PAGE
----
Maasikas: EU’s legitimacy depends on benefits it can offer (8)
Estonia’s permanent representative to the European Union Matti Maasikas said to ETV’s “Välisilm” that the legitimacy of the EU depended to a large extent on whether or not it could offer its members and population clear benefits.
Maasikas said that current developments like the rise of right-wing populism across Europe and criticism of EU institutions were caused by the fact that the new generation viewed the agreements and decisions of its predecessors critically. While arrangements like the free movement of people or the possibility to study in another country were taken for granted, other aspects of the union were questioned.
Austerity damaged the EU's image
The current mistrust towards institutions was also based on the fact that during the financial crisis, the EU with its calls for austerity demanded spending cuts and was the driving force behind shrinking pensions and other cutbacks on public service all across its member states, Maasikas added.
Explain the EU's work and its successes
This led to a situation where more than ever the European Union needed to make it clear that it could offer benefits to its members and their citizens. Maasikas pointed to the Schengen Zone as one of the core achievements, which he said brought its members hundreds of billions every year, but which wasn’t perceived as an everyday benefit by many.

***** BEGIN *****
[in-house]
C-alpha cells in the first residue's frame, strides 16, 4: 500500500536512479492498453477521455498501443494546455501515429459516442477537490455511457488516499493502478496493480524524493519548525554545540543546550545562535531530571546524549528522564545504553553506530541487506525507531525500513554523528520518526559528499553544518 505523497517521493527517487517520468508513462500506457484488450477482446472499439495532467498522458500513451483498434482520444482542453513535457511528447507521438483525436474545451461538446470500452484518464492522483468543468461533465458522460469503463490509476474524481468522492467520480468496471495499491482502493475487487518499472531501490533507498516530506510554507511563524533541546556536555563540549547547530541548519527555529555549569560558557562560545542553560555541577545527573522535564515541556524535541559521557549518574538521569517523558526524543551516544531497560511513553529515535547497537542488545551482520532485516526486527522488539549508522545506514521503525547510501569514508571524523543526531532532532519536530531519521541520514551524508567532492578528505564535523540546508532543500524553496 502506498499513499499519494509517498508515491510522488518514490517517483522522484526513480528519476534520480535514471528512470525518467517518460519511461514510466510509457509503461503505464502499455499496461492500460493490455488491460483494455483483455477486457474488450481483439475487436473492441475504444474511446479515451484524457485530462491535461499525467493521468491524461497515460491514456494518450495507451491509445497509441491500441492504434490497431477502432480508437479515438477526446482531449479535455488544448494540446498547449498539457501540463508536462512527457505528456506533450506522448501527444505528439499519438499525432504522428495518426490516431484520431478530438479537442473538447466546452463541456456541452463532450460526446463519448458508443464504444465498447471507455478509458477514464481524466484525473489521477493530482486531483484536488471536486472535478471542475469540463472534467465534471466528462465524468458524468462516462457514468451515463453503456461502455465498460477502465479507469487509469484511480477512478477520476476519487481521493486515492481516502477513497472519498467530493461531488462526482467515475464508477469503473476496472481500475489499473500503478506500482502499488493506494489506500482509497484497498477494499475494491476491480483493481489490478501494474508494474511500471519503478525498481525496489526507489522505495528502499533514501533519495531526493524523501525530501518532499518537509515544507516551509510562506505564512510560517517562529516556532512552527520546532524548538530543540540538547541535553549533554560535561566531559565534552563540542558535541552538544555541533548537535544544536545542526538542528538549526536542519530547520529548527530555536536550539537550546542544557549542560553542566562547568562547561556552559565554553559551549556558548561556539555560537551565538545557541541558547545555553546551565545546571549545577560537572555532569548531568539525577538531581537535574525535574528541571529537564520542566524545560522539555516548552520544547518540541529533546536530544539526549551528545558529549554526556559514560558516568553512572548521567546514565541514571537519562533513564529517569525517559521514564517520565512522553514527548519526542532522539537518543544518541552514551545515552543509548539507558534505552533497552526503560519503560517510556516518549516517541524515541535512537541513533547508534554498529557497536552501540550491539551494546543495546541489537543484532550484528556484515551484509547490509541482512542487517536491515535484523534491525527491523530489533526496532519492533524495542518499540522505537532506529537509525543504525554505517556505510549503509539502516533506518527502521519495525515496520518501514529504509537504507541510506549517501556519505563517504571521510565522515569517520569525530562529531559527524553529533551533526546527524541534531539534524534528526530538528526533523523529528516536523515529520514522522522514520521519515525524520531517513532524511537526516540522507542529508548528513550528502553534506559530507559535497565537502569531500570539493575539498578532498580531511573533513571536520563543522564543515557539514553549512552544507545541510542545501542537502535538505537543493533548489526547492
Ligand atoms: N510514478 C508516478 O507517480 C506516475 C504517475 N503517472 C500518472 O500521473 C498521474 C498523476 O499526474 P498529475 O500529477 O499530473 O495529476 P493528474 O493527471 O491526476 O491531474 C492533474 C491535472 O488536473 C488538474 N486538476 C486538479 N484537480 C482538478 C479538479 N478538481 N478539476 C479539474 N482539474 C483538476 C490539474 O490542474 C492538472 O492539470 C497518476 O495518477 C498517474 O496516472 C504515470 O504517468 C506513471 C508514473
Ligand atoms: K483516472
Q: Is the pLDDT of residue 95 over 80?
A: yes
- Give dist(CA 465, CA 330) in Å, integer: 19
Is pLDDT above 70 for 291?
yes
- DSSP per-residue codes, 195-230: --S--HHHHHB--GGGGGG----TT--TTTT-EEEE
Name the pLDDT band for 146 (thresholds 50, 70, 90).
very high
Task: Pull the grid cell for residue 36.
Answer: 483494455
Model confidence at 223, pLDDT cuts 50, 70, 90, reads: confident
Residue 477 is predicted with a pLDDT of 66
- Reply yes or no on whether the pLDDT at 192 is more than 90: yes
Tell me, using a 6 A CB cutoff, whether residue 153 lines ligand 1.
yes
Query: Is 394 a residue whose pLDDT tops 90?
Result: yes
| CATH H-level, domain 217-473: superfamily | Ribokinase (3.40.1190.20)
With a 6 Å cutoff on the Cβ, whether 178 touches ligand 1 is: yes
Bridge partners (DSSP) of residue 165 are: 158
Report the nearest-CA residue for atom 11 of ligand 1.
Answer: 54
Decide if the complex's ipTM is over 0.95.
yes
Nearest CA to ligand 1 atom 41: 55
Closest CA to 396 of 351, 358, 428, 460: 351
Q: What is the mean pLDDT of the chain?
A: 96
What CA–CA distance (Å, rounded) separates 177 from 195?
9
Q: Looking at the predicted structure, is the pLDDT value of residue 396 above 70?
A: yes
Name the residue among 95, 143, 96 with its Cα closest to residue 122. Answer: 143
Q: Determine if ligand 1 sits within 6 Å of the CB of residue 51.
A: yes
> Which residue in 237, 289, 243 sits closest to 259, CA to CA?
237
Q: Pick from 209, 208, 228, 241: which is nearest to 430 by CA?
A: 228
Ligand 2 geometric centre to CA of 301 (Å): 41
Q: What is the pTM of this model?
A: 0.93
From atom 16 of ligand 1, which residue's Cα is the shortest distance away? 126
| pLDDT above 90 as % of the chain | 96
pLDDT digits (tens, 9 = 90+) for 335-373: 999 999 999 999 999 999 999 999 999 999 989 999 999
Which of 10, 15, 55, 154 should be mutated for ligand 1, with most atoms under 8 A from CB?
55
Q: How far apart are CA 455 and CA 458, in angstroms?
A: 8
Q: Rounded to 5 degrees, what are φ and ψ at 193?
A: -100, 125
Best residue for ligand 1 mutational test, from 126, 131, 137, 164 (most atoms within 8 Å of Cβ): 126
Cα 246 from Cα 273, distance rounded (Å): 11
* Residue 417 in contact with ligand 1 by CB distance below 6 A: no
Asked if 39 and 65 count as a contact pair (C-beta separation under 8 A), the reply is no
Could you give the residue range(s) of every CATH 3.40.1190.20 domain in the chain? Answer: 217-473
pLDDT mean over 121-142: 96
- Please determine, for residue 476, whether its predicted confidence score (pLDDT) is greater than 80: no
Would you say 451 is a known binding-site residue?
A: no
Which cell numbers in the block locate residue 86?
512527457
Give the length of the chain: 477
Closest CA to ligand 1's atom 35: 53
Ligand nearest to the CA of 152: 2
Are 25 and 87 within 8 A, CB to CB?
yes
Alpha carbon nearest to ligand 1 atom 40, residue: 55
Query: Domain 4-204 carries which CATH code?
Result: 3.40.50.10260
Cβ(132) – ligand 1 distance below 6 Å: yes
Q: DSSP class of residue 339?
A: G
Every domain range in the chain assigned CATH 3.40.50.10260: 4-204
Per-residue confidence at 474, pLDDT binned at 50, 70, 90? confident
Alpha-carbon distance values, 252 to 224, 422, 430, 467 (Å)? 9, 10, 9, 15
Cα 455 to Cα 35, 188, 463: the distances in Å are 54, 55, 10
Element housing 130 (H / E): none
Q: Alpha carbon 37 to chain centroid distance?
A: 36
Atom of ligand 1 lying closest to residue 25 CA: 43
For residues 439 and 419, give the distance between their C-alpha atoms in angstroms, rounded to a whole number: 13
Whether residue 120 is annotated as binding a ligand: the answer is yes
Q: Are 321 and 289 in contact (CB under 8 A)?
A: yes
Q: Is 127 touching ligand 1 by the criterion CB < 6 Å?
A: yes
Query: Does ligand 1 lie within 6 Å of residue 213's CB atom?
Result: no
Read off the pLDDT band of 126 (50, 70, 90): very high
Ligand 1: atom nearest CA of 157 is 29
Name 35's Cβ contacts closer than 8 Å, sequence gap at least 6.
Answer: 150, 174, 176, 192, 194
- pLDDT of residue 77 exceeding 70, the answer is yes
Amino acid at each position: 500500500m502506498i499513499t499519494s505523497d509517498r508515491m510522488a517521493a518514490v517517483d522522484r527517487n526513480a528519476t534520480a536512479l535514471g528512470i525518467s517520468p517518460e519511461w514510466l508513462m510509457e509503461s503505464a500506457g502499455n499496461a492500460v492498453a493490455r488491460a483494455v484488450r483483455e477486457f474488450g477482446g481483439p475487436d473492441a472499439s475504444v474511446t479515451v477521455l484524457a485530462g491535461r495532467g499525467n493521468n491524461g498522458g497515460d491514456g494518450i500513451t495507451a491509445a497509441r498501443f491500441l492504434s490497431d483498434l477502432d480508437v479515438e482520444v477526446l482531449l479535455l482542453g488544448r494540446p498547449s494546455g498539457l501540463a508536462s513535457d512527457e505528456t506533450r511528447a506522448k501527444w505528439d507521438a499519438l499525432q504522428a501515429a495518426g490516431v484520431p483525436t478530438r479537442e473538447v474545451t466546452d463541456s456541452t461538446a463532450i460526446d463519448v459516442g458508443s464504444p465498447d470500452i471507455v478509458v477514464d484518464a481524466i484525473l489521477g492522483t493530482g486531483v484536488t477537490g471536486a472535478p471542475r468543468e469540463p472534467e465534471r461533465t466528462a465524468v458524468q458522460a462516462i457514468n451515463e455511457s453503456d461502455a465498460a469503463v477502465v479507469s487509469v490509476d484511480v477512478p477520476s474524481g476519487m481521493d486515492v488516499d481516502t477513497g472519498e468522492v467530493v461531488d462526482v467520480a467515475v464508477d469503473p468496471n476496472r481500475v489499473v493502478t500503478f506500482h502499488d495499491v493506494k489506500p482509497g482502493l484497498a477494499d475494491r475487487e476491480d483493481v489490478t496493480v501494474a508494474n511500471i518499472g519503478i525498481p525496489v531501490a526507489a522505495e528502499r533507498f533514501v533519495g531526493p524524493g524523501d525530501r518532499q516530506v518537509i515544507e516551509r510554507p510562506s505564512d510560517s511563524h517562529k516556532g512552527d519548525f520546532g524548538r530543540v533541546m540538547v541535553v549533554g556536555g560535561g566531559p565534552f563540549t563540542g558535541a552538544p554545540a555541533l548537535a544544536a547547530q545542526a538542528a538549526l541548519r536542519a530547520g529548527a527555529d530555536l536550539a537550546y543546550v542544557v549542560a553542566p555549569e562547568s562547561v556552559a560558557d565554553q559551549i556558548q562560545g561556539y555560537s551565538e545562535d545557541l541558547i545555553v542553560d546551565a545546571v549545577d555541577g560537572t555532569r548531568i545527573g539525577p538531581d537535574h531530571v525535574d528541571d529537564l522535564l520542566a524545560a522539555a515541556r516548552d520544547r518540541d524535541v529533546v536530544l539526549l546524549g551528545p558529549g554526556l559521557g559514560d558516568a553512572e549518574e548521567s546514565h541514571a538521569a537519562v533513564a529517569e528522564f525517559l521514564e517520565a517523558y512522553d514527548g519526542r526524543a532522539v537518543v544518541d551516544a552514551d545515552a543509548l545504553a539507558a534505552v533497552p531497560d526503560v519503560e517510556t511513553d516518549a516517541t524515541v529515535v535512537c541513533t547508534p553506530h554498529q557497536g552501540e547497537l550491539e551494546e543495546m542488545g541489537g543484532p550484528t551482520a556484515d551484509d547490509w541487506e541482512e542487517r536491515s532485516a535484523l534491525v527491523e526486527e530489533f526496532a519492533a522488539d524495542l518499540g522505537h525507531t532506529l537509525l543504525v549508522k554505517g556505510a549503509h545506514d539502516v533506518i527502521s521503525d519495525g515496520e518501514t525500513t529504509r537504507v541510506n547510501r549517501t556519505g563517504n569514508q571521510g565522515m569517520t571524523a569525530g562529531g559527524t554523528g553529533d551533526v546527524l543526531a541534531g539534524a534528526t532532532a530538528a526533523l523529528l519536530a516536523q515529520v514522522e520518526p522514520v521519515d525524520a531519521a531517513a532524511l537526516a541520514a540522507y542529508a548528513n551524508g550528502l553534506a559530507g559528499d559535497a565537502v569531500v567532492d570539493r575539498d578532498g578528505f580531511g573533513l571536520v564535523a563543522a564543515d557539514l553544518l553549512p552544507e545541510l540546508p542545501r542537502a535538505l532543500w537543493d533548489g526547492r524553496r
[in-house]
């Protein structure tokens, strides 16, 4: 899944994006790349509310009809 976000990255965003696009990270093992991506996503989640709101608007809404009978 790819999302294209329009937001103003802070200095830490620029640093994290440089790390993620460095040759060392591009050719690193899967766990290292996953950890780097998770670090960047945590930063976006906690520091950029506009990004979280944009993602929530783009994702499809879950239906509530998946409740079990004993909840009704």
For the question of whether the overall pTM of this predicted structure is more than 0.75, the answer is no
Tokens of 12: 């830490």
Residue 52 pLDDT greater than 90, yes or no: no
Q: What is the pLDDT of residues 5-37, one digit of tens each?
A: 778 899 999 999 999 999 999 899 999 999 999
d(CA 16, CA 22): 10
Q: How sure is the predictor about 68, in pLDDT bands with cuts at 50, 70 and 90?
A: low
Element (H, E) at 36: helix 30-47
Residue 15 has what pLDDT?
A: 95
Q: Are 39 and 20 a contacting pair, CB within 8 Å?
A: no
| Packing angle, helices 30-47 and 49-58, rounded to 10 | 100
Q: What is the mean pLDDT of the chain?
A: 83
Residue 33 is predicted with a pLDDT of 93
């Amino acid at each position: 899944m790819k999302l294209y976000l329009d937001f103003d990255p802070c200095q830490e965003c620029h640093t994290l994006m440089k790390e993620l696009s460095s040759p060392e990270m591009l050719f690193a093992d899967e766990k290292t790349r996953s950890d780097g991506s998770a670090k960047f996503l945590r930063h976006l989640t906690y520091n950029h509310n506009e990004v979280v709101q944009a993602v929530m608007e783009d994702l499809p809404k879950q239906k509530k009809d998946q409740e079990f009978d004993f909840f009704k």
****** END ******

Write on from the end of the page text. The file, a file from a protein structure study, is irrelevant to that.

Maasikas’ position fits in with plenty of opinions expressed at the 10th Lennart Meri Conference last weekend, where representatives of the EU as well as NATO and an impressive range of politicians, subject matter experts, and military commanders all pointed out that the economy and the fact that growth was harder to attain than ever before were the driving force behind the current climate of insecurity and fear.
One of the points many of the panelists agreed on was that the EU needed to develop its capability to explain its work, its treaties and arrangements, and make it very clear that it was actually succeeding in many areas.
Asked about the criticism of sanctions against Russia, Maasikas said that it was an interesting phenomenon that while politicians often criticized or questioned them at home, finding a consensus to keep them in place at the European level was a rather painless process.